Search My Blogs

Tuesday, April 12, 2016

Numbers 90-81, "To Hell With Good Intentions"

90.Someone Great - LCD Soundsystem
Sound Of Silver (2006)
This is a wonderful, understated number. It bleeps and bloops along with a repetitiveness that puts the otherwise affectatious vocal solidly in the foreground. It's about expectations that never quite reach fulfilment, the little disappointments we find in others as much as the unexpected joys.

89.To Hell With Good Intentions - McLusky
Mclusky Do Dallas (2001)
Well, hardcore doesn't get much of an outing in this list. In fact McLusky probably carry the entire hardcore banner here. And really, what other candidates were there? This is absolutely brimming with typical attitude, and a bass line that growls with a suppressed ferocity that periodically explodes in incendiary fury. Resolutely working class in their attitude, McLusky didn't mess around with words, and nor did they need to. Every line here says just enough without eloquence to produce some of the finest poetry that was ever shouted.

88.Kaliko - Zomby
Zomby EP (2008)
We've already spoken about dubstep as arguably the ONLY well-defined genre unique to the noughties, and this is perhaps close to its apotheosis. Resolutely anti-melodic, entirely driven through rhythm, but a rhythm that refuses to sit still. Because its modulations ARE the song, and so it's dance music you can just barely dance to. So it sits kind of purposeless, ungrounded in any actual music that's gone before, but it needs ALL the music that's gone before it for its wellspring. Vital, nervous, a little unhinged, with a kind of tic-toc heartbeat, this sounds like the vital signs of a vampire.

87.I Turn My Camera On - Spoon
Something To Look Forward To: Past & Present Selections For The Radio (2005)
Spoon. I think of it as the "Party of Five" phenomenon. At some point in the late nineties, it became a thing that every not actually coolsie show on TV needed to bust out some sort of soundtrack populated by vaguely "indie" sounds. And boy did Spoon reap a harvest from that. The Simpsons, Veronica Mars, Bones, Chuck, Scrubs, Numb3rs, to name but a few of the shows that borrowed Spoon's  coolsie cloak. While their albums have been patchy, they've done nothing but shine as a singles act, with some unbelievably catchy bassline driven numbers of which this is probably their best.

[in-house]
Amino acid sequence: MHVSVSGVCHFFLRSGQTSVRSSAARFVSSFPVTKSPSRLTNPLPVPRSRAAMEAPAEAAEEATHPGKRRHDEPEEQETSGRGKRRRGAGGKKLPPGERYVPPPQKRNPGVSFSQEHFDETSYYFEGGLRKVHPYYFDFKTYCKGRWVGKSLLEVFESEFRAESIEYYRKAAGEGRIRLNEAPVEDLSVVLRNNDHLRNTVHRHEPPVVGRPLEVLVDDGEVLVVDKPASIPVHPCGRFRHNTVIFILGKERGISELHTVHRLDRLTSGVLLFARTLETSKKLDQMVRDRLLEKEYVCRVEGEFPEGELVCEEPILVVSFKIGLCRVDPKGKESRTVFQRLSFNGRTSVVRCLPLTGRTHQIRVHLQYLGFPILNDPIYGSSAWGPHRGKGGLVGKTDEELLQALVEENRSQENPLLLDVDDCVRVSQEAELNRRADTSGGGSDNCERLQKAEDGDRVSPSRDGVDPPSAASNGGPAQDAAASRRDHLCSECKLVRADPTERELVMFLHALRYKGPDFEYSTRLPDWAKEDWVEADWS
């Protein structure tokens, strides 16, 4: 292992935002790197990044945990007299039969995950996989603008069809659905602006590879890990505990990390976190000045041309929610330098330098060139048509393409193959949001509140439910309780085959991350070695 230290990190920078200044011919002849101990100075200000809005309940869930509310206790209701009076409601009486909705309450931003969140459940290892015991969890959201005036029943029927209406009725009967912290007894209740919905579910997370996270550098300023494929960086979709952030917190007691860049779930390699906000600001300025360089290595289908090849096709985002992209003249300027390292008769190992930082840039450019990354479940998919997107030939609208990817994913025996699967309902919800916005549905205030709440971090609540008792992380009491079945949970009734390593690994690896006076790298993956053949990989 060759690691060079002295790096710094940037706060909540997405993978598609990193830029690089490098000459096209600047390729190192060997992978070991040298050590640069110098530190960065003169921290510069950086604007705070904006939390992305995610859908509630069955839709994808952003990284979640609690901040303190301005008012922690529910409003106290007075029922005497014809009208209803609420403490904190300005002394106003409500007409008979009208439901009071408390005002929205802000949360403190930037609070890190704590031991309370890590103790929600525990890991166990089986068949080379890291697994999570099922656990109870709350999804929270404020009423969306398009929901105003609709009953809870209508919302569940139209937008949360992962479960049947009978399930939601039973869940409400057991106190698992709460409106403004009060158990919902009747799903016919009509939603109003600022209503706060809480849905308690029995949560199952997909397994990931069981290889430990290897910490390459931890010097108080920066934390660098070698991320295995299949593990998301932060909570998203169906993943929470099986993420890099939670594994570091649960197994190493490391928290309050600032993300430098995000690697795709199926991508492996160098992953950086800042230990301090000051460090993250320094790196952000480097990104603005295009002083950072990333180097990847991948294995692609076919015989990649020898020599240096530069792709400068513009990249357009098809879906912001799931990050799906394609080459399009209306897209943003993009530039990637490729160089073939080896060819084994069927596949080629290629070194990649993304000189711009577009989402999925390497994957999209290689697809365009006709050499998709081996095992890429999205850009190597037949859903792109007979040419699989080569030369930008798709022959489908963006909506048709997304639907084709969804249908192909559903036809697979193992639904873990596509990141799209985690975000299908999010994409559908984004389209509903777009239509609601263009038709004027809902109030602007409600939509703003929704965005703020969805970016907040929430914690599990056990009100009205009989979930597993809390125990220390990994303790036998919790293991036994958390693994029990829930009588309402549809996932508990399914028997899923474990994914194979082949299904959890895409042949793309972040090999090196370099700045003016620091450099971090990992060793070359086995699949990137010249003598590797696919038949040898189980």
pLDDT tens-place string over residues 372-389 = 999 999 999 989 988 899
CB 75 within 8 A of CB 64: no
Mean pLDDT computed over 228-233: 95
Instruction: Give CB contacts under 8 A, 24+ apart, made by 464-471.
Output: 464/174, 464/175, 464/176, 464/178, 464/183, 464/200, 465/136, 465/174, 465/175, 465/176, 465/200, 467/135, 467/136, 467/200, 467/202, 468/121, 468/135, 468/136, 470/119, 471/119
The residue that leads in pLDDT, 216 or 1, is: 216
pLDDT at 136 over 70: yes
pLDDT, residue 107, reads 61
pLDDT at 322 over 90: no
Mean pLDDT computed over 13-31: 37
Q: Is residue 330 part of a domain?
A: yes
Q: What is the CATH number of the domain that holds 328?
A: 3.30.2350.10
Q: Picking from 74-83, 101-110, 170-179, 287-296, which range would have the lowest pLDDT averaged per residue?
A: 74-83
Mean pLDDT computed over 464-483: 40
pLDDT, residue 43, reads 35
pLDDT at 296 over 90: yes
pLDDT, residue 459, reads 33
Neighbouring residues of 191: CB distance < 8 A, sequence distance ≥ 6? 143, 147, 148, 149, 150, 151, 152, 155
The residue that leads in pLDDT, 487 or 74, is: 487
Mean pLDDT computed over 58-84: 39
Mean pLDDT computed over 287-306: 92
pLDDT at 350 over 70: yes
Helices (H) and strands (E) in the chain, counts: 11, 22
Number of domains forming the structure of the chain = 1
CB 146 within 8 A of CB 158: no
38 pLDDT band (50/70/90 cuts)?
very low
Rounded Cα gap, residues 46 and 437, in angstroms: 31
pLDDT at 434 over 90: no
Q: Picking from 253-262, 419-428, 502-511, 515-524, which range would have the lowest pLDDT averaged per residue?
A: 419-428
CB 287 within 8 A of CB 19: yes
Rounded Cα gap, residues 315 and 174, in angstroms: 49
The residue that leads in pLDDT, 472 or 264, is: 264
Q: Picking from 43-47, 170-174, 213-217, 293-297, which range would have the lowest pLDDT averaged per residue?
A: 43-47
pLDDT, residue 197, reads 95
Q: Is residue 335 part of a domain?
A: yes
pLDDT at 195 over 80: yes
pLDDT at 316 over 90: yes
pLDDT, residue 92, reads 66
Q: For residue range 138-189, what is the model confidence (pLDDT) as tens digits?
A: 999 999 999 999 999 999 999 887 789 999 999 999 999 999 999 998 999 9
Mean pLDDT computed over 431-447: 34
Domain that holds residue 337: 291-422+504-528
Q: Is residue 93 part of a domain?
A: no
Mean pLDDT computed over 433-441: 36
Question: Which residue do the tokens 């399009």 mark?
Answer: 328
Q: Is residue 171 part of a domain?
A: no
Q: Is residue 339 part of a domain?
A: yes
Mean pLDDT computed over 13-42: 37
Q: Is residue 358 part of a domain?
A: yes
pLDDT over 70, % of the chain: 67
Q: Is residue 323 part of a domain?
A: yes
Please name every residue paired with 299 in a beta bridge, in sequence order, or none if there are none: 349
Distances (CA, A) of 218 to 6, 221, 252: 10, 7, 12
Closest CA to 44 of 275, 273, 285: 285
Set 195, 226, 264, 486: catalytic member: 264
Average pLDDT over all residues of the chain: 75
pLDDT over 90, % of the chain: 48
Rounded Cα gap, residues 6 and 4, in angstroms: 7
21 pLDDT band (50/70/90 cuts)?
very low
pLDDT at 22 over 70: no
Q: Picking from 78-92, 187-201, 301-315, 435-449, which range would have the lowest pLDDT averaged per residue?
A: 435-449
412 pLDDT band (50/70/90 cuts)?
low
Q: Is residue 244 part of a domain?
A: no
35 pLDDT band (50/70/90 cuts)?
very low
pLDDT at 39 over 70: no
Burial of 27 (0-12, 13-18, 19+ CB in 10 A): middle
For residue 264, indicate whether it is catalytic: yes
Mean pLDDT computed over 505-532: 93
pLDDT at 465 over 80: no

86.The Strangers - St. Vincent
Actor (2009)
Now here's a late decade curio. It's hard to know where to position the erstwhile Anne Clark. Her pedigree, immaculate, via Polyphonic Spree and Sufjan Stevens, she belongs rightly at the more complex end of the musical spectrum. Weird harmonies swirling everywhere but where you expect them to go, and it probably takes a true musician's musician to sound like a peer to David Byrne. This one is both entirely typical and one of her more sublime efforts.

85.Black Cab - Jens Lekman
Oh You're So Silent Jens (2003)
"Oh no, goddamn/I missed the last tram/I killed the party again/Goddamn, goddamn, goddamn."
Jens Lekman burst out of the blocks in the early part of the decade to become everyone's favourite weirdo with an accent. His lyrics are equal parts simplicity and profundity matched usually to a pretty basic three chord structure. Yet as a songwriter he certainly sits somewhere near the front of the pack, and it's hard to pin down exactly why, but he can DO THINGS with the same chords everyone else is using just by inserting his lyrics. It's the lyrics themselves to some extent, but it's also that VOICE ...

84.Cone Toaster - Black Dice
DFA Compilation #1 (2003)
Yes. So, you're copping a fair whack of experimental electronica in this list. Because again, if any genre really existed a propos of the zeitgeist, certainly the late noughties produced a real wellspring of experimentation thoroughly in line with the idea that we exist in a time BEYOND the end of music, a time when everything's been said already and all that's left for musicians is to fuck with music's existing, finite tropes. This band have made an extremely interesting musical journey, from an earlier hardcore-noise-industrial mode in the prior decade, the noughties saw Black Dice come out all pedals swinging, reinvented largely as experimental electronica, there's guitars in there if you listen closely enough, but gated through enough weirdo pedals to be all but unrecognisable. The joy of this is the way it all slowly falls apart ...

83.Poker Face - Lady Gaga
The Fame (2008)
Shut up. She's done enough.

82.Schrapnell - Isolee
We Are Monster (2005)
And speaking of styles that were unique to the decade, microhouse has probably done enough to be able to stand vaguely in its own right as a genre. Albeit one that doesn't seem to offer terribly much for other artists to build on. But anyone who knows me, knows minimalism is the zone of electronica where I think ALL the goodness lies. And this beautifully illustrates why. Rhythm works with simple, understated melodies that with repetition produce thoroughly infectious hooks, and the song builds through a subtle layering of tracks, you never notice the main riff is little more than four declining notes.

81.Outhouse - Nathan Fake
Outhouse (2003)
Yep. More minimalism. This one more driven, dancier, its techno pedigree worn pretty tellingly on its sleeve. Nathan Fake specialises in exactly this sort of dance-floor oriented minimalism built around an almost indeterminate bassline/melody, it's a track you just can't possibly hum to yourself, because there really aren't any phrases as music would traditionally have understood them, but this is where minimal distances itself from downtempo. The tempo here is up, the rhythm never lets go  of you, and the journey is just storied enough that this stands out among the many contenders that might have represented this not always terribly unique song form.